Firstly, it seems that it doesn’t much care for the language or alphabet.  It grabs any frequently used phrase in any language or any alphabet, puts it in the list of trending topics, and shows it to any user, no matter what his location or preferred language is.

Secondly, it seems that it tries to minimize the phrase by removing very short words.  Like those consisting of only one or two characters.

So what we have by now is “Рождеством Христовым”, and not “С Рождеством Христовым”.  And that phrase is a number one trending topic, shown to all Twitter users everywhere.  Here is a screenshot.

Here starts the fun.  Most people who see this, have no idea what is it all about.  Many of those, who are trying to find out get confused by incorrect spelling and by the fact that Christmas is over already for most of the world.  That I find funny.

But that’s not all.  Since the phrase went up to trending topics,  it got a lot of special attention.  Humor.  Some people started spreading rumors.  For example, that “Рождеством Христовым” is the name of the new Russian nuclear bomb.  Some others started using the phrase in famous quotes.  For example, “I love the smell OF Рождеством Христовым in the morning!” (original quote talks about napalm and is from the movie “Apocalypse Now”).  That I find hilarious.  You can have a look yourself at everything that has been tweeted with this phrase.

And even that is not all.  Twitter has been known for having hard times during activity spikes.  Today is just one of such spikes.  So Twitter is unstable, falling over the edge.  And when it does so, it shows the famous Fail Whale.

This is cute and worth a smile, but there is still more to the story.  The meaning of Fail Whale varies between people.  Mashable once published an interview with the designer of the image.  While I know the background of this image, I can’t help a different association.  The one that Denis Lebel mentioned in the comment to that interview – the story of the Sperm Whale from Hitchhicker’s Guide to the Universe.

It is important to note that suddenly, and against all probability, a Sperm Whale had been called into existence, several miles above the surface of an alien planet and since this is not a naturally tenable position for a whale, this innocent creature had very little time to come to terms with its identity.

Innocent “Merry Christmas” wishes, weird Cyrillic letters shown to the whole world, rumors of nuclear war from Russian, word play with famous quotes, Twitter outages, and flying whales – I find the mix hilarious.  I hope you do too.

P.S.: To all those of you celebrating – Merry Christmas and С Рождеством Христовым.

Simpler Google Talk translations?

Google has recently added Gtalk bots that can do translations to various languages, mostly available with Google Translate.  While I’m all for helping people understand each other better (even though there are certain complains regarding the quality of translation), I think this functionality could have implemented simpler.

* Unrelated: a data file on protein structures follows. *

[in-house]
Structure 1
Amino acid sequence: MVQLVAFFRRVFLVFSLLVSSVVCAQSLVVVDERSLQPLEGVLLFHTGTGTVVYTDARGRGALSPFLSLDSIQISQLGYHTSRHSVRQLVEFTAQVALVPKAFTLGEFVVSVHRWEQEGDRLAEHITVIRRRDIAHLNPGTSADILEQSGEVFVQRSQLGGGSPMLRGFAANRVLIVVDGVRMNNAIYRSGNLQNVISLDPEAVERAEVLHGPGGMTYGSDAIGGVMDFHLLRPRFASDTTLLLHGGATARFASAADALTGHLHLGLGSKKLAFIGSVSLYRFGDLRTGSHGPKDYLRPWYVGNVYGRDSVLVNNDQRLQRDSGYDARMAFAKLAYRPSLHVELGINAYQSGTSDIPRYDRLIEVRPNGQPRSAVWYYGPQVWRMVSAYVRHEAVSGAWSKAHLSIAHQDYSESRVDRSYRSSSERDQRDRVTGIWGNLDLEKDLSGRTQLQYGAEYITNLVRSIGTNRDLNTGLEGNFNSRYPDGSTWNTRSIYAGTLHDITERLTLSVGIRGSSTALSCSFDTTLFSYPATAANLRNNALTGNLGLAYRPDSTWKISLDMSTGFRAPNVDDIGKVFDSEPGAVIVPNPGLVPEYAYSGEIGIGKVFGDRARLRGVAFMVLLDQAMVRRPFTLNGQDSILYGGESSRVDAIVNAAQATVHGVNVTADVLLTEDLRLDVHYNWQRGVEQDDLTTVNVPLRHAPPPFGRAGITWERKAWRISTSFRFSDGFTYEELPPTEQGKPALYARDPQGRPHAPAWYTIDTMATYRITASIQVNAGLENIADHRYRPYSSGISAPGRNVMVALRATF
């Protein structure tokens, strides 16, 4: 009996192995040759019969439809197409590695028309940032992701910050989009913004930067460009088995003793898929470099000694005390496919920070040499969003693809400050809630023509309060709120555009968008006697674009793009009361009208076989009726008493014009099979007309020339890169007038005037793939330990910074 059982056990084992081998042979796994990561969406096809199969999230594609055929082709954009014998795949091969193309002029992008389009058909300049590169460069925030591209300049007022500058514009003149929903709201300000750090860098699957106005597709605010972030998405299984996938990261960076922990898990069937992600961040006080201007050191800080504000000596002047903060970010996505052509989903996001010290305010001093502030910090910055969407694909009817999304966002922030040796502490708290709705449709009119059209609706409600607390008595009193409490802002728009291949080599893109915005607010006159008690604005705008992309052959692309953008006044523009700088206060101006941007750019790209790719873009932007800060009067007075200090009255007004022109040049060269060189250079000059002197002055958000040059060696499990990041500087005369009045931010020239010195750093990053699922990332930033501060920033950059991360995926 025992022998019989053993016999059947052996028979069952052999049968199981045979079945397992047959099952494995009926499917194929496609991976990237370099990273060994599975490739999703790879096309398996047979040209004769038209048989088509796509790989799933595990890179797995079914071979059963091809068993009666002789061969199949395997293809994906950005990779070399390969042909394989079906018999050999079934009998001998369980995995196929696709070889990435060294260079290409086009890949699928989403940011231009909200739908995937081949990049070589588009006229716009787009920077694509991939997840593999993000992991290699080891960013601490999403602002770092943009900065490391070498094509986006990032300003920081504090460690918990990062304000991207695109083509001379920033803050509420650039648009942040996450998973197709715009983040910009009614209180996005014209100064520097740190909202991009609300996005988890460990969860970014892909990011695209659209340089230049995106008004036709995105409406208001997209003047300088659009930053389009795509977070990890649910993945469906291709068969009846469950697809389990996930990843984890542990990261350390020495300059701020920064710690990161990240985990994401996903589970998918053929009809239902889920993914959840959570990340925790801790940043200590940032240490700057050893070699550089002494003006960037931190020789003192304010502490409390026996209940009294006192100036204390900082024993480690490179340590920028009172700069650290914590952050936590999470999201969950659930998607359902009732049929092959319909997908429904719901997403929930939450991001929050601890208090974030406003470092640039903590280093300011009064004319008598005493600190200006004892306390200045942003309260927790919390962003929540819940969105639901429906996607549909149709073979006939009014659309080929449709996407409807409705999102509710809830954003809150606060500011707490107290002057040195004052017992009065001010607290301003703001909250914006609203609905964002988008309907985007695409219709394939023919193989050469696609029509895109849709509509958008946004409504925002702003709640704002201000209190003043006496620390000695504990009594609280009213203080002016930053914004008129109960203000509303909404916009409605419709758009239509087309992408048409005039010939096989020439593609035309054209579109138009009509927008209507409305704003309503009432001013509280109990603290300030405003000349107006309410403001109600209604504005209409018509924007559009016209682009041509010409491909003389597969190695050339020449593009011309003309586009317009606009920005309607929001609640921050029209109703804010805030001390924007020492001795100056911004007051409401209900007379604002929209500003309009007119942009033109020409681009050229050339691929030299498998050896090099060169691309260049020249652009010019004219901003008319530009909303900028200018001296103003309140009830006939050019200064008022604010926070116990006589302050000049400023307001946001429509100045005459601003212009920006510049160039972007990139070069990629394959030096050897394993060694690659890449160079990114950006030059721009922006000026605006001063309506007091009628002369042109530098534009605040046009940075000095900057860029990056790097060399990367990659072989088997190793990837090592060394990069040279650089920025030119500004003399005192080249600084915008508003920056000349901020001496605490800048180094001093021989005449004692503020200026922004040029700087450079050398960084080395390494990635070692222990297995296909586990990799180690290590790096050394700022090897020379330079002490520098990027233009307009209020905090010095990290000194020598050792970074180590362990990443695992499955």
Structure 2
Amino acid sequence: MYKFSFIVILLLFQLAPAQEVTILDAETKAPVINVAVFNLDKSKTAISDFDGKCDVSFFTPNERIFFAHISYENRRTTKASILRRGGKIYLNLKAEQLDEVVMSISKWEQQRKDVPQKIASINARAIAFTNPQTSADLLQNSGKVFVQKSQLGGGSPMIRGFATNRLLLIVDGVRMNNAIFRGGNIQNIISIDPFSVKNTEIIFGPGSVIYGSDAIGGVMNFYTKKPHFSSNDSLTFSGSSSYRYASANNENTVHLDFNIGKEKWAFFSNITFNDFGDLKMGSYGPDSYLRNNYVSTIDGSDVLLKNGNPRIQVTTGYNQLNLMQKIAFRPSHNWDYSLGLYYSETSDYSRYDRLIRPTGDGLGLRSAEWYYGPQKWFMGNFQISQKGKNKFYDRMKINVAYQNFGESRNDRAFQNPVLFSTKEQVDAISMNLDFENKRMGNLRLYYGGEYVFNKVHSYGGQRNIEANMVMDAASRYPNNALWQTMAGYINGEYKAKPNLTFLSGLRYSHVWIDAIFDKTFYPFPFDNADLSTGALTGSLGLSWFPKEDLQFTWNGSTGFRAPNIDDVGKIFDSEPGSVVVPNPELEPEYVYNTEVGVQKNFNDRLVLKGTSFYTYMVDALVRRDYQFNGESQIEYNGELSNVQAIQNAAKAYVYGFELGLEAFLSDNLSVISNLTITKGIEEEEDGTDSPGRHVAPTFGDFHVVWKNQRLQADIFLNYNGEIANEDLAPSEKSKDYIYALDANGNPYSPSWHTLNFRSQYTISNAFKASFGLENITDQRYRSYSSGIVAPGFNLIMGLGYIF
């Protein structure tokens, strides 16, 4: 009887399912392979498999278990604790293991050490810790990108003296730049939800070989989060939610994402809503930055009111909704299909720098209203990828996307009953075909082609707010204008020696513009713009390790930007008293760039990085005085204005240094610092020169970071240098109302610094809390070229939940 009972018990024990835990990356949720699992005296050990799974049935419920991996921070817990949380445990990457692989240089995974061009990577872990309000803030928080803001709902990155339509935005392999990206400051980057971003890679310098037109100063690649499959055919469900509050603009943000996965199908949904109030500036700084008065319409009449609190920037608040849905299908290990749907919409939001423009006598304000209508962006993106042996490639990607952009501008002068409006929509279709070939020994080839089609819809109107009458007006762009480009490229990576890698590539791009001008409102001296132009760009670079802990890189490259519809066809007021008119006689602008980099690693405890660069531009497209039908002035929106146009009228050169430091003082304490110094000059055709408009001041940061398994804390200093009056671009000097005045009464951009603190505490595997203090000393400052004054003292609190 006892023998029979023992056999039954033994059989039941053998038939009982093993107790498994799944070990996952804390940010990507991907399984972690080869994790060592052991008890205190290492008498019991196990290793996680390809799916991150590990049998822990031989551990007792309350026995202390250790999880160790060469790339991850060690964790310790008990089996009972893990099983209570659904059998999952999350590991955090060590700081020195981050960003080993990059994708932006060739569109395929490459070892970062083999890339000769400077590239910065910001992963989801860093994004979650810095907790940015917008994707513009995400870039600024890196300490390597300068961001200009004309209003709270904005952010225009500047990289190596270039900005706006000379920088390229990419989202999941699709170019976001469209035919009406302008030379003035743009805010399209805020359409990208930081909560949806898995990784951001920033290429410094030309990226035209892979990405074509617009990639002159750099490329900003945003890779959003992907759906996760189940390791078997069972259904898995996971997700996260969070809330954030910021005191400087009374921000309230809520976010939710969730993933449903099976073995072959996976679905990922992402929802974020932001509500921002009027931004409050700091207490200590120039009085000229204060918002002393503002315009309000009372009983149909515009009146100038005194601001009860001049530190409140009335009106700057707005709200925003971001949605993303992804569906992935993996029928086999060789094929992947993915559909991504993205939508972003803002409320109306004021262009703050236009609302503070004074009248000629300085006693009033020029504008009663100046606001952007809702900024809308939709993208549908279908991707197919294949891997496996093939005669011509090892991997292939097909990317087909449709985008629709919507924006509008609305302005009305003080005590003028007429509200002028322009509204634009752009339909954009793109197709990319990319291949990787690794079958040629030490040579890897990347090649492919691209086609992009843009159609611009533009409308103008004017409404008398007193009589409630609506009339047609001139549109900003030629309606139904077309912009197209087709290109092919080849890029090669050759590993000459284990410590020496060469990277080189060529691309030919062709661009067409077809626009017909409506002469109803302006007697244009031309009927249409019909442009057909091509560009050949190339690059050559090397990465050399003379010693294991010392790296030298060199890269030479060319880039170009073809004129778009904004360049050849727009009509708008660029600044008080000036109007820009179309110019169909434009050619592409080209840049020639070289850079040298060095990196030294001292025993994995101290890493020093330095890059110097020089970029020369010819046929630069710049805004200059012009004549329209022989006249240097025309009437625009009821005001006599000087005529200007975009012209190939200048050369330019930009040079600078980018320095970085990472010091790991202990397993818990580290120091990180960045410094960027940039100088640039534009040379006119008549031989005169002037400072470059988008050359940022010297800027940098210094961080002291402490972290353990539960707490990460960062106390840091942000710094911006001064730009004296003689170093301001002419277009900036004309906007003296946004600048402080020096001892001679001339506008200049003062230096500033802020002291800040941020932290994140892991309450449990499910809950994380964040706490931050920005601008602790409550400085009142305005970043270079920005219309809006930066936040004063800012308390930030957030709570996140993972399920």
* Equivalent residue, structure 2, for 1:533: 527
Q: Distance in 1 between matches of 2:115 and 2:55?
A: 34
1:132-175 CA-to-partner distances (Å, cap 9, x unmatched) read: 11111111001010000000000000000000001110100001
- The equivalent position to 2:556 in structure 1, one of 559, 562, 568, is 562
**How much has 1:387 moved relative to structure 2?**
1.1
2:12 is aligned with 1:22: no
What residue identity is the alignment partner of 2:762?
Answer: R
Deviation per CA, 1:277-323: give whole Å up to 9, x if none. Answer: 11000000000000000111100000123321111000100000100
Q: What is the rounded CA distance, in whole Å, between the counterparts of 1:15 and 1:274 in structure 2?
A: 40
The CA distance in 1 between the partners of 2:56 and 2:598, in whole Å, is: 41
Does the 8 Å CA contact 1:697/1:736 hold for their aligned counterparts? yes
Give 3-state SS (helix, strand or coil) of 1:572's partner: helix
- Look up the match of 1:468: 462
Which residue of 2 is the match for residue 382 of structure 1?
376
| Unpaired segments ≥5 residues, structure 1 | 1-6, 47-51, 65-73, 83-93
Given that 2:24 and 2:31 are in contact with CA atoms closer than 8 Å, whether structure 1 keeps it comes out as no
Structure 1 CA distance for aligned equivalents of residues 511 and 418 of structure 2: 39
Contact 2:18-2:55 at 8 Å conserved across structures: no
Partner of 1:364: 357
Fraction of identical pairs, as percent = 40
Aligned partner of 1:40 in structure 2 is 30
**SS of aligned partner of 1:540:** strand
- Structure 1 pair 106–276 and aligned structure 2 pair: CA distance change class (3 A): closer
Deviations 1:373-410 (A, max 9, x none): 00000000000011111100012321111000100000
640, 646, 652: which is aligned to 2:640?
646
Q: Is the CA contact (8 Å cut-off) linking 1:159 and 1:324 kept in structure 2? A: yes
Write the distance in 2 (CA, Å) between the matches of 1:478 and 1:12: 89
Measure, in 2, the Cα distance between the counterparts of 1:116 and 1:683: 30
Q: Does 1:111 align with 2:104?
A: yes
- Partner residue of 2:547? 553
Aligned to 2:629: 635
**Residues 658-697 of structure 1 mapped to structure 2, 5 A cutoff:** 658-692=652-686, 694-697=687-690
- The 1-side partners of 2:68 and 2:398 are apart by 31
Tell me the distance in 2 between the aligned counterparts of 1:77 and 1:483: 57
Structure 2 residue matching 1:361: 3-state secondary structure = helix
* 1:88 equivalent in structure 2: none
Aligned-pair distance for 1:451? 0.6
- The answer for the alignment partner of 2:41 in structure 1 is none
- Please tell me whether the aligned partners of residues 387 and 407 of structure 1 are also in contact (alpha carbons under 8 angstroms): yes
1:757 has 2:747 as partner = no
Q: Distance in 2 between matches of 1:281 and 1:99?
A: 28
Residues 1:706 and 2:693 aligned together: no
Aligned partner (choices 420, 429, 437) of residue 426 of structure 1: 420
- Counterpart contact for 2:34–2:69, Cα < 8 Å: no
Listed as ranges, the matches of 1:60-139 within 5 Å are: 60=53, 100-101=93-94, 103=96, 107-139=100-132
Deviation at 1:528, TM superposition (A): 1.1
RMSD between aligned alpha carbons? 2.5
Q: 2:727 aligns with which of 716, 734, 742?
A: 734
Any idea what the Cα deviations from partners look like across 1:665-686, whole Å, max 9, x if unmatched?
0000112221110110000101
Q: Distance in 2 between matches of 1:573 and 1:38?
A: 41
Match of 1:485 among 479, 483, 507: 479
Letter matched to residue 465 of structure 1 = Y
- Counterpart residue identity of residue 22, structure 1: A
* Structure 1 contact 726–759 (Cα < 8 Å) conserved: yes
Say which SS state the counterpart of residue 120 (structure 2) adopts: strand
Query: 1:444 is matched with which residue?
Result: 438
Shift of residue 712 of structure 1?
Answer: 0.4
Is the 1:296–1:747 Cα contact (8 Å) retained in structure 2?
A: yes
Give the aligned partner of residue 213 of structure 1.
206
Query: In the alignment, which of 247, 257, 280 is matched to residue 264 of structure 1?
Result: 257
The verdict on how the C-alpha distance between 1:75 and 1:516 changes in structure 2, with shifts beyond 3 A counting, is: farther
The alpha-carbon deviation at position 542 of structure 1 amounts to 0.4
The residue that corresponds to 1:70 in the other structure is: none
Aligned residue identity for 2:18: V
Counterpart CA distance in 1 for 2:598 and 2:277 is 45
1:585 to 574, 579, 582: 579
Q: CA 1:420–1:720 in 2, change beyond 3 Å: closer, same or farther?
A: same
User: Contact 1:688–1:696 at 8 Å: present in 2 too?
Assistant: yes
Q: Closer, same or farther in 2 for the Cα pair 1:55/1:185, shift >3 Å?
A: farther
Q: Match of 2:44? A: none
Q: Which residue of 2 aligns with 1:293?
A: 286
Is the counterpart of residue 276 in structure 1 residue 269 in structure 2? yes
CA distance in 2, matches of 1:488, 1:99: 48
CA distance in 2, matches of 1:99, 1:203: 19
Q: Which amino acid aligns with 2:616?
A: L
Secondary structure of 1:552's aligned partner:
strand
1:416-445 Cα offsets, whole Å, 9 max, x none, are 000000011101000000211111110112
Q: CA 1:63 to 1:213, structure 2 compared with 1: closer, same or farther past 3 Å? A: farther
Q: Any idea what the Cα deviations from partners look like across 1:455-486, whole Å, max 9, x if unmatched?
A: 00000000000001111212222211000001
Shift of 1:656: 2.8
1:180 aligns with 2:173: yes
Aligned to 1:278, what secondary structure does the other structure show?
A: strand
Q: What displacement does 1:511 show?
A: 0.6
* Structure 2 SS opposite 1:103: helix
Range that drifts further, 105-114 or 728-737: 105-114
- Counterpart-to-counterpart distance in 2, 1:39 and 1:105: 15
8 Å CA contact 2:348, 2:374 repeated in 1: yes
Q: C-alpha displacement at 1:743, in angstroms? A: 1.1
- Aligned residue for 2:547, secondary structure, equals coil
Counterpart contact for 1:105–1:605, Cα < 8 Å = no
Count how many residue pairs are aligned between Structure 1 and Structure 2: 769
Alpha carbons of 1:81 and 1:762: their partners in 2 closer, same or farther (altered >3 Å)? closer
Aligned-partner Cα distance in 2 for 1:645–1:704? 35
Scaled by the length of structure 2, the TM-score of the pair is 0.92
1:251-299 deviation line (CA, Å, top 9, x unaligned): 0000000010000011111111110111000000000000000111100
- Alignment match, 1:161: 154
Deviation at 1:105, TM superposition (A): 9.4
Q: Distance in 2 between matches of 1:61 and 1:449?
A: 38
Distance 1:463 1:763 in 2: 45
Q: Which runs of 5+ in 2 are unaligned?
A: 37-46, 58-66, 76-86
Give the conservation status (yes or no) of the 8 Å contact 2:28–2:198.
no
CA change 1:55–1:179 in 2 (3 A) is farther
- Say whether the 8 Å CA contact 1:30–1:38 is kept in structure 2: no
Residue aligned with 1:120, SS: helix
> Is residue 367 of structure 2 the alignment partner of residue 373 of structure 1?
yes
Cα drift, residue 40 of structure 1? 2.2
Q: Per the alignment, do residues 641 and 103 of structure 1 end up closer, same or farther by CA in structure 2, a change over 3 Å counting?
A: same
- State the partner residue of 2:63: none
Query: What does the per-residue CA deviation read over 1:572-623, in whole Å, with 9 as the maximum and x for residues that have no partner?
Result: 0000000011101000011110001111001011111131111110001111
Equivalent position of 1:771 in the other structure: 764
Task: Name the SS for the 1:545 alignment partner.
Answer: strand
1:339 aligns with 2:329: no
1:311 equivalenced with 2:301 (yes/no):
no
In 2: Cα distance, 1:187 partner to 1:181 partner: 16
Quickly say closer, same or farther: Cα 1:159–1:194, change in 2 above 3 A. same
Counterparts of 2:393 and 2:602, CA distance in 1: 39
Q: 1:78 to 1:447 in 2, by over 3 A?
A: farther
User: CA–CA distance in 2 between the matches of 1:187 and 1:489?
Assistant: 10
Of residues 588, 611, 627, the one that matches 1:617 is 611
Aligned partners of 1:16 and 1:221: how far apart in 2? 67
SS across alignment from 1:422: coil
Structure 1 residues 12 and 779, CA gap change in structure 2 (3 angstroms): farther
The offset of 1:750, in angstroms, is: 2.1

Disclaimer: I haven’t tried it out myself, I’ve only read about it and saw the screenshots.

The problem that I see with the implementation is it being one way.  The bots are named fr2en and fr2en.  Which means that in order to keep up with conversation in the language foreign to you, you’ll need to have two bots nearby, not one.  Why?  Because if you will ask a person in his language a question, he will likely reply in the same language.  So you will need to translate both to and from the language.  I think this should have been done with one bot, not two.

Vacation vs. vocation

My co-worker and I were composing an email today. He was writing and I was watching over. When I pointed out to him that he wanted to write “vacation” instead of “vocation”, he argued that if the word was wrong, the spellchecker would have underlined it in red. Since I was 99.9% sure that I was right, I aked him to double check.

It turned out that both “vacation” and “vocation” are legitimate words. But what surprised me was that their meanings were almost opposite.

“Vacation” has to do with resting and spending the time nicely. “Vocation” has to do with hard work. If you don’t believe me, check the definitions in the dictionary. Here are the words in : vacation and vocation.

P.S.: And I was right.

Dictionary plugins for Mozilla Firefox

Being a non-native English speaker, I have this mildly often need to lookup the translation of some word in the dictionary. Instead of installing translation software on my computer or visiting one of the online translators every time such a need arises, I chose to use an extension to Mozilla Firefox.

Until now I was using the DictionarySearch extension, which can be configured to lookup in several different dictionaries, encyclopedias, etc. I was mostly happy with the extension, but felt that it could be improved simplified. I didn’t need all those configurations, choices and such. All I wanted was to lookup the translation of either English or Russian word in the Yandex Lingvo.

Today I came across an extension which does exactly that. Lingvo Online! for Mozilla Firefox is a very small and simple extension which does exactly what I want. It adds a context menu which allows quick lookups of selected words.